Small in size, but generous in topic and form, the Blum Papers consist of correspondence and two newsletter portions with commentary on numerous events and activist groups during the first half of the 1960s. Personal experiences and reflections on national politics and trends, student and community organizing, and the anti-Vietnam War and civil rights movements, reveal how individuals negotiated and prioritized their thoughts and actions during such turbulent times. Correspondents include Henry M. Aronson, Ike Coleman, Vernon Grizzard, and Mike Miller, and updates from and to Blum are mostly from Mississippi, but also San Francisco, Cambridge, New Haven, and Selma.

Gift of Liz Blum, 2020.

Subjects

Activists--United States

Types of material

Correspondence
Hudson, Judith Collings

Judith Collings Hudson Collection

1964-2000
2 boxes 3 linear feet
Call no.: MS 896

A 1967 graduate of Springfield College, Judith Collings Hudson earned doctoral degree in 2001 through the UMass Amherst School of Education for her dissertation, Freedom teachers: Northern White women teaching in southern Black communities, 1860s and 1960s. The project was an ambitious comparative study of the experiences of White teachers, mostly northern women, living and teaching in southern Black communities during the Reconstruction era south and those who taught during Mississippi Freedom Summer.

The Hudson Papers focus closely on the second half of her dissertation, relating to the Freedom Schools and educational initiatives associated with the Mississippi Freedom Summer and the civil rights movement. In addition to her dissertation, research notes, some correspondence, and background materials, the collection includes an important array of audio interviews with teachers and participants in the Freedom Summer, most of which have been transcribed.

Gift of Judith Hudson, June 2016

Subjects

Civil rights movements--MississippiMississippi Freedom ProjectTeachers--Mississippi

Contributors

AudiocassettesOral histories (literary works)
Strickland, William, 1937-

William Strickland Papers

1988-1997
4 boxes 4 linear feet
Call no.: FS 159

A native of Boston and graduate of Boston Latin School and Harvard, Bill Strickland was a scholar, activist, and longtime member of the Department of Afro-American Studies at UMass Amherst. After fulfilling his service with the Marine Corps, Strickland became active in civil rights and Black liberation work, serving as Executive Director of the Northern Student Movement, working in Mississippi for the Mississippi Freedom Democratic Party and then as Northern Coordinator of the Party’s Congressional Challenge. He was a founding member of Malcolm X’s Organization of Afro-American Unity in 1964 and in 1969, was also a founding member of the Institute of the Black World in Atlanta. An exacting scholar, Strickland was a key member of the faculty in Afro-American Studies at UMass Amherst teaching history and politics and held a number of important roles, including acting as Director of the W. E. B. Du Bois Papers. He retired in 2013.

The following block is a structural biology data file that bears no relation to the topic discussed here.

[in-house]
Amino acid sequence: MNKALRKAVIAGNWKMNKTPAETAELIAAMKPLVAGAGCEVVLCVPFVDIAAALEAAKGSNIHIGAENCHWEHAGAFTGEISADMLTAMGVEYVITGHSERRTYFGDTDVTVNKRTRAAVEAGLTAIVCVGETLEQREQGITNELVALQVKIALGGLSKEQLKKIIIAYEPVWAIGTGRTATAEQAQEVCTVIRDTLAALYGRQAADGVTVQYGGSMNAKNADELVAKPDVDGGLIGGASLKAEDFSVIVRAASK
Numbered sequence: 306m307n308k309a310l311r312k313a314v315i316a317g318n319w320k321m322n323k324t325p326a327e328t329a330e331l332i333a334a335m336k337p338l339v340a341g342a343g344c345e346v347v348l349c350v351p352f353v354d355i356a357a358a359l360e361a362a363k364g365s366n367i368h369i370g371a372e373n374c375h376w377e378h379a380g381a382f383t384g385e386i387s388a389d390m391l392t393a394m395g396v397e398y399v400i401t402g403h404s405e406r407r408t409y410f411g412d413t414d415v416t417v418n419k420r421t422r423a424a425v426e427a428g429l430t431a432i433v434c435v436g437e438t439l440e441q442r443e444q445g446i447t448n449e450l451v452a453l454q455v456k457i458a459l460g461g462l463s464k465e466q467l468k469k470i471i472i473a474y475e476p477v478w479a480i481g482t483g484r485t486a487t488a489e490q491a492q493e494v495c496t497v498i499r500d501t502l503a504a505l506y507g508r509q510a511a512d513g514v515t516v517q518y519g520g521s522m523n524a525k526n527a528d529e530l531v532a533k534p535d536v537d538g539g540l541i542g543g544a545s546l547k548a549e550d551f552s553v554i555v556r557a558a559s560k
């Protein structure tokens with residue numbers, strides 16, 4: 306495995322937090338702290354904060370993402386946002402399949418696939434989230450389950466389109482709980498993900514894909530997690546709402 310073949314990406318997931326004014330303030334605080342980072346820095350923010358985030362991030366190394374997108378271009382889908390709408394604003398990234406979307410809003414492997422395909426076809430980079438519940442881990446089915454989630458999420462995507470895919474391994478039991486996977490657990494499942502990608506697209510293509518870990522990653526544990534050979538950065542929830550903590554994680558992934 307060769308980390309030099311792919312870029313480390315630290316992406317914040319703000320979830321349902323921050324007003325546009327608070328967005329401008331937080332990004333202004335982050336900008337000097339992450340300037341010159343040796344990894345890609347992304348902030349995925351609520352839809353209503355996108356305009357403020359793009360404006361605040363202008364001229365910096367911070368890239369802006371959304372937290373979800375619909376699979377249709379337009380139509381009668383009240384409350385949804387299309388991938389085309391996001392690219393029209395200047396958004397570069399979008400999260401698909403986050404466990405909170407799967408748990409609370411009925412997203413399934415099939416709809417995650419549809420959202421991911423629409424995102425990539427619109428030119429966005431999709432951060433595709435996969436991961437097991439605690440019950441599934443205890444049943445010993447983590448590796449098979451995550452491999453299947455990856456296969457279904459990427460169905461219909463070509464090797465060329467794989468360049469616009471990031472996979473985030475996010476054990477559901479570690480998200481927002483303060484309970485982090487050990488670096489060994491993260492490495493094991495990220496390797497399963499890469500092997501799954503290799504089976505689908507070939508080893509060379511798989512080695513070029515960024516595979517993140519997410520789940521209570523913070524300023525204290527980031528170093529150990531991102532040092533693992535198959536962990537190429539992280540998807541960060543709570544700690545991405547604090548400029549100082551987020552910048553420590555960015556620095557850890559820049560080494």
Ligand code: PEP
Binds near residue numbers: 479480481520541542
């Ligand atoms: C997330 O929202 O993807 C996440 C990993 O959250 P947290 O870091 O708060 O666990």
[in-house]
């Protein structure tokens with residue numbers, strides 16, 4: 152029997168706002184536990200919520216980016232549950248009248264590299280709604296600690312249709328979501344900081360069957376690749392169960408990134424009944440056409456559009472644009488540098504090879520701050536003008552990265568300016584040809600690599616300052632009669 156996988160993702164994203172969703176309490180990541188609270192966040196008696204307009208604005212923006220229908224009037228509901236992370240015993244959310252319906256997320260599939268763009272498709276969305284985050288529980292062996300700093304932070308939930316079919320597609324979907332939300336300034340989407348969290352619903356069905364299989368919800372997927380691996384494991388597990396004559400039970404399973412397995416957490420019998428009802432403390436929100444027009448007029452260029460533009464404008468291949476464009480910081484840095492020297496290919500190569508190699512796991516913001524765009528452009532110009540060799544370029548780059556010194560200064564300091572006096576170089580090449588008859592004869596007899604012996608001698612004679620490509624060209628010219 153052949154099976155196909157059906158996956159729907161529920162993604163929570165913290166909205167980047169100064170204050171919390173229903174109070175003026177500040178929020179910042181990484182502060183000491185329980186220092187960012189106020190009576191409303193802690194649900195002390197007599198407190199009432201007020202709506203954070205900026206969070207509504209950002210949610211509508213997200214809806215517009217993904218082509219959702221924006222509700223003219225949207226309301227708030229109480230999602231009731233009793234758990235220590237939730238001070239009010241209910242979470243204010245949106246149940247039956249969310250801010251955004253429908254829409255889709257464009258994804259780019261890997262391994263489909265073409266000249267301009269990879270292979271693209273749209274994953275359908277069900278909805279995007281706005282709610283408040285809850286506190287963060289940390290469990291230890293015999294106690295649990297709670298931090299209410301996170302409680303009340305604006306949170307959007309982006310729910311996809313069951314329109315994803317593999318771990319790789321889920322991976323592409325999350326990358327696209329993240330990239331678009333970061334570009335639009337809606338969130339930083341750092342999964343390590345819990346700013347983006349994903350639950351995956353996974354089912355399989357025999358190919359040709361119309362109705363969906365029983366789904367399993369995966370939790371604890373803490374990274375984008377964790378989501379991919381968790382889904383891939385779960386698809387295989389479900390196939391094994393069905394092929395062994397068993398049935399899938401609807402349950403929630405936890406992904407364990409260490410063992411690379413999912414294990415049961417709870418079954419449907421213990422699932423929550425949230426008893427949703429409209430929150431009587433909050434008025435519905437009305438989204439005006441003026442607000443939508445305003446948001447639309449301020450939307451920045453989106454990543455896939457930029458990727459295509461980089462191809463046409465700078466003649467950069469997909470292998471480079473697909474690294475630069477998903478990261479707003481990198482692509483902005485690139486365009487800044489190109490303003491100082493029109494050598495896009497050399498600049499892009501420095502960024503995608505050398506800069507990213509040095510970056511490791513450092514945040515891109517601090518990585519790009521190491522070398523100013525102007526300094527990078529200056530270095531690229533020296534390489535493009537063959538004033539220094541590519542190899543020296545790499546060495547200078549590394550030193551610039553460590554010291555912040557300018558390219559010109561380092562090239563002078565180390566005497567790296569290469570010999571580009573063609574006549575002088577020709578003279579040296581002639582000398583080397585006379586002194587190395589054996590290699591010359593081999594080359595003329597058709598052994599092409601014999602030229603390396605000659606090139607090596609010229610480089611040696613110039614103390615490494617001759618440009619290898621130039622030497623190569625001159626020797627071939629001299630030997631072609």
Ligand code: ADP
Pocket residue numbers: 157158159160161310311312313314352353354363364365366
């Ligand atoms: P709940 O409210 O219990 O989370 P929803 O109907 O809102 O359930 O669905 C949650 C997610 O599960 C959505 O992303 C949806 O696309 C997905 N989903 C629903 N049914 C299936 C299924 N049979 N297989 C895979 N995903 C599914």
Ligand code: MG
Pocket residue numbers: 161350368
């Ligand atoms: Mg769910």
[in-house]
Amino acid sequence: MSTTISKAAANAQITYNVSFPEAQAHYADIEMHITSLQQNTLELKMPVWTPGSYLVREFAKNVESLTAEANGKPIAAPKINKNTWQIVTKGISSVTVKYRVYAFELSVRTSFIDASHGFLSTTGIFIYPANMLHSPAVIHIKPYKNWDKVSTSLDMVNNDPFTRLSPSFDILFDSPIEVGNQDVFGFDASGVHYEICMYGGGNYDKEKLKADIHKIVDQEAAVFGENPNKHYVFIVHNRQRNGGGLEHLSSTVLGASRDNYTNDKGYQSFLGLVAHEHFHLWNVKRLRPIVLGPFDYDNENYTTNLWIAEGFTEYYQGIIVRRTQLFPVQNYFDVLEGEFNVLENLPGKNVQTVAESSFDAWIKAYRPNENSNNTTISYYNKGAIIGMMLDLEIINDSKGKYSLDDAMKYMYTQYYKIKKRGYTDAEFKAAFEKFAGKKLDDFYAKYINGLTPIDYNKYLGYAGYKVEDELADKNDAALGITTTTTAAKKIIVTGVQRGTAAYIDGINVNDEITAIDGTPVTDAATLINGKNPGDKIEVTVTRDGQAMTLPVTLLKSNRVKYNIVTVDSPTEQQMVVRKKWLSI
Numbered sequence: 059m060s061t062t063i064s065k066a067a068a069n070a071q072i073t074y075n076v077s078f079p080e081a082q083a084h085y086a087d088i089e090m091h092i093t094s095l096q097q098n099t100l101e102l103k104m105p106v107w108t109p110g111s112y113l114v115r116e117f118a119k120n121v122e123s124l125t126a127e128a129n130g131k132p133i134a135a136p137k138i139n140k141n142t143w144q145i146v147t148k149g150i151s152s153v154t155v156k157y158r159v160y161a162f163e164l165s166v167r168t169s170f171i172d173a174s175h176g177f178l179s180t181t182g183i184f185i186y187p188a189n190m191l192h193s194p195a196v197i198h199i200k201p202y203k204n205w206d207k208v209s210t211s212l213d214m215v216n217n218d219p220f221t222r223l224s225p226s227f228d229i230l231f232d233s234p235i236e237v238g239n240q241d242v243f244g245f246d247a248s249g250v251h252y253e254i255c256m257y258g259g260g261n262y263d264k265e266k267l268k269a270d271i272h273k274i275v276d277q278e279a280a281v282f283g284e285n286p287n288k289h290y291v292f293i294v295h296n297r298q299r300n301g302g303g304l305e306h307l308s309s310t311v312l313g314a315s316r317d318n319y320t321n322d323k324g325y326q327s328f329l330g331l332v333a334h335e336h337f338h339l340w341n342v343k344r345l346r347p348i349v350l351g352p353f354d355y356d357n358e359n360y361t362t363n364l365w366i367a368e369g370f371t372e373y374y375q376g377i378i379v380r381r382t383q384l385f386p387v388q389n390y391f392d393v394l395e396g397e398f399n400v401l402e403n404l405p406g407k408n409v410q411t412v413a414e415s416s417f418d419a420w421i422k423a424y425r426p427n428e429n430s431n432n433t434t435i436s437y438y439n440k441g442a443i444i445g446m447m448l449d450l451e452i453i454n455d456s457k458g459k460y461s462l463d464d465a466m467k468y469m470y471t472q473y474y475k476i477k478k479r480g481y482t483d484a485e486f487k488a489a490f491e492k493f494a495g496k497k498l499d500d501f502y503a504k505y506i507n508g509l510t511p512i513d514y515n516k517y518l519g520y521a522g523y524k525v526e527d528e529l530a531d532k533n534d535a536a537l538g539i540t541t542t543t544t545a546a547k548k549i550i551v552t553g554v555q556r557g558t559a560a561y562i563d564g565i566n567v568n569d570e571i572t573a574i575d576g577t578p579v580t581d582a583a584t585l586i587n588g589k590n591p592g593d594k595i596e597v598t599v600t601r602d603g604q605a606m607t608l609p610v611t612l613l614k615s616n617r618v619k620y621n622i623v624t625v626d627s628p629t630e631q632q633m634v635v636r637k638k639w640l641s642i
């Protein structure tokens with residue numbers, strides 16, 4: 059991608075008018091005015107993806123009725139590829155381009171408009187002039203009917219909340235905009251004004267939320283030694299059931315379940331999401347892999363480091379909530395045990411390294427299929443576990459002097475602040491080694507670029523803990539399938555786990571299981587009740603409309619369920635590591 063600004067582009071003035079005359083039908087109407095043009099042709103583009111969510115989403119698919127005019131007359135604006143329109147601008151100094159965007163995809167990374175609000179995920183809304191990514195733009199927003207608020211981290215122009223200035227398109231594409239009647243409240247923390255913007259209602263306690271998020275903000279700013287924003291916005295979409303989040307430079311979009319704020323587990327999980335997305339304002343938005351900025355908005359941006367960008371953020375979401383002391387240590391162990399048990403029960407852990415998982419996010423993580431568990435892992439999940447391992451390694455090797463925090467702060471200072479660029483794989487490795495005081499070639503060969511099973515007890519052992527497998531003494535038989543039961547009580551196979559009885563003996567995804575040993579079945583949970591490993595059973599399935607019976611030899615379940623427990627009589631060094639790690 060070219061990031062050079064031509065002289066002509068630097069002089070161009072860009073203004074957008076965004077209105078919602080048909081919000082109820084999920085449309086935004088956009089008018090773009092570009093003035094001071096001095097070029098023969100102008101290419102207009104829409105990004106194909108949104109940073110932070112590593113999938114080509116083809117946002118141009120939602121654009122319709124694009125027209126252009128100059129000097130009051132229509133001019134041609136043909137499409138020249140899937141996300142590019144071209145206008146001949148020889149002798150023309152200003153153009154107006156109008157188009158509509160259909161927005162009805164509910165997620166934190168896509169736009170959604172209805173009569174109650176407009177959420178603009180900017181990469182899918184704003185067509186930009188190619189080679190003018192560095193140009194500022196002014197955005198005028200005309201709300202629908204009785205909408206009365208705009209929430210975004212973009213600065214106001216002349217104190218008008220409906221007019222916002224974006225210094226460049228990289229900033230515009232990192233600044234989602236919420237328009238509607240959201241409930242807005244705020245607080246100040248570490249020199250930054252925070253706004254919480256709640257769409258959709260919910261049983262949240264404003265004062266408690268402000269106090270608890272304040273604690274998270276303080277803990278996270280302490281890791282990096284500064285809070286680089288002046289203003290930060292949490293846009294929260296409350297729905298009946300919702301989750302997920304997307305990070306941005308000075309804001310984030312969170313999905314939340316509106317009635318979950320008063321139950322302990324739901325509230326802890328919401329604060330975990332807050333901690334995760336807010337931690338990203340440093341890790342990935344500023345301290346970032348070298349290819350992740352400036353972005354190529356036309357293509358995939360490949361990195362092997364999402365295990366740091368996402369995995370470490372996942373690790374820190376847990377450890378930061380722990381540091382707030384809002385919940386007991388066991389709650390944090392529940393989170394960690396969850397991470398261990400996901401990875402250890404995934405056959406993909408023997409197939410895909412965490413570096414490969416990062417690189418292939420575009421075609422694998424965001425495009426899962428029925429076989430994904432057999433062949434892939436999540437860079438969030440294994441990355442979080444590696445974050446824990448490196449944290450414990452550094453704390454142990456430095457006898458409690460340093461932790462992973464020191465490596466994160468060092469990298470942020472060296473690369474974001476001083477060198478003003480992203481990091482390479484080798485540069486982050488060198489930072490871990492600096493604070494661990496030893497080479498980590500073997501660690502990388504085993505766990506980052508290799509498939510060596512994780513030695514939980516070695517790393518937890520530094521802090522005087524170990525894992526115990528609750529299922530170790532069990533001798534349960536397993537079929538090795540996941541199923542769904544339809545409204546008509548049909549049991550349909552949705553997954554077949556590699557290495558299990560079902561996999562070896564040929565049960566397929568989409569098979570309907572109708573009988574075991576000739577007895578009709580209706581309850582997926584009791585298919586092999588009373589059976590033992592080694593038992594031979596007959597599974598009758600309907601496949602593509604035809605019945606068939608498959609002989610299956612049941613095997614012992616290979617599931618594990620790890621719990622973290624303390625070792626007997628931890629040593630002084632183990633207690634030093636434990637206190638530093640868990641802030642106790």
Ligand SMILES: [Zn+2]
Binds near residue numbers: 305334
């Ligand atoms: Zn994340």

The Strickland Papers contain materials from two of Strickland’s many commitments during his time at UMass: the presidential campaign of Jesse Jackson and the Rainbow People’s Party in 1988 and an initiative to commemorate the complex life and legacy of Jackie Robinson in 1996-1997. Additional materials for Strickland are included in the records of the Department of Afro-American Studies.

Gift of Bill Strickland, 2013-

Subjects

Elections--United States--1988Jackson, Jesse, 1941-Rainbow People's PartyRobinson, Jackie, 1919-1972
Platt, Gerald M.

Gerald M. Platt Papers

1961-2004
8 boxes 12 linear feet
Call no.: FS 174

Born in Brooklyn in 1933, Gerald Platt worked his way through Brooklyn College as a stevedore at the Navy Yard and went on to earn a PhD in Sociology under Ralph Turner at UCLA in 1963. Interdisciplinary in approach from the outset of his career, Platt became known for linking psychoanalytic theory and sociology in analyzing large-scale events, such as revolutions and mass social movements. After beginning his academic career at Harvard, he joined the Sociology Department at UMass Amherst in1970. He was the author of two noted works in psychoanalytic sociology, The Wish to Be Free: Society, Psyche and Value Change, with Fred Weinstein (1969) and Advances in Psychoanalytic Sociology, with Jerome Rabow and Marion Goldman (1987), and was co-author with Talcott Parsons of The American University (1973). Platt died of complications of Alzheimers disease on May 7, 2015.

Active in his academic field and in departmental and university administration, Platt left a substantial record of his years on faculty at UMass Amherst. His collection includes substantial professional correspondence, research materials on his study of the civil rights movement, Martin Luther King, and other topics, grant applications, and annual reports. As chair of the Department, Platt also left a body of materials relating to his administrative duties, including work on university committees.

Gift of Gerald M. Platt, Apr. 2015

Subjects

Civil rights movementsSociologists--MassachusettsUniversity of Massachusetts Amherst--FacultyUniversity of Massachusetts Amherst. Department of Sociology
Mainzer, Lewis C. (Lewis Casper), 1928-

Lewis C. Mainzer Papers

1953-2000 Bulk: 1965-1985
4 boxes 4 linear feet
Call no.: FS 160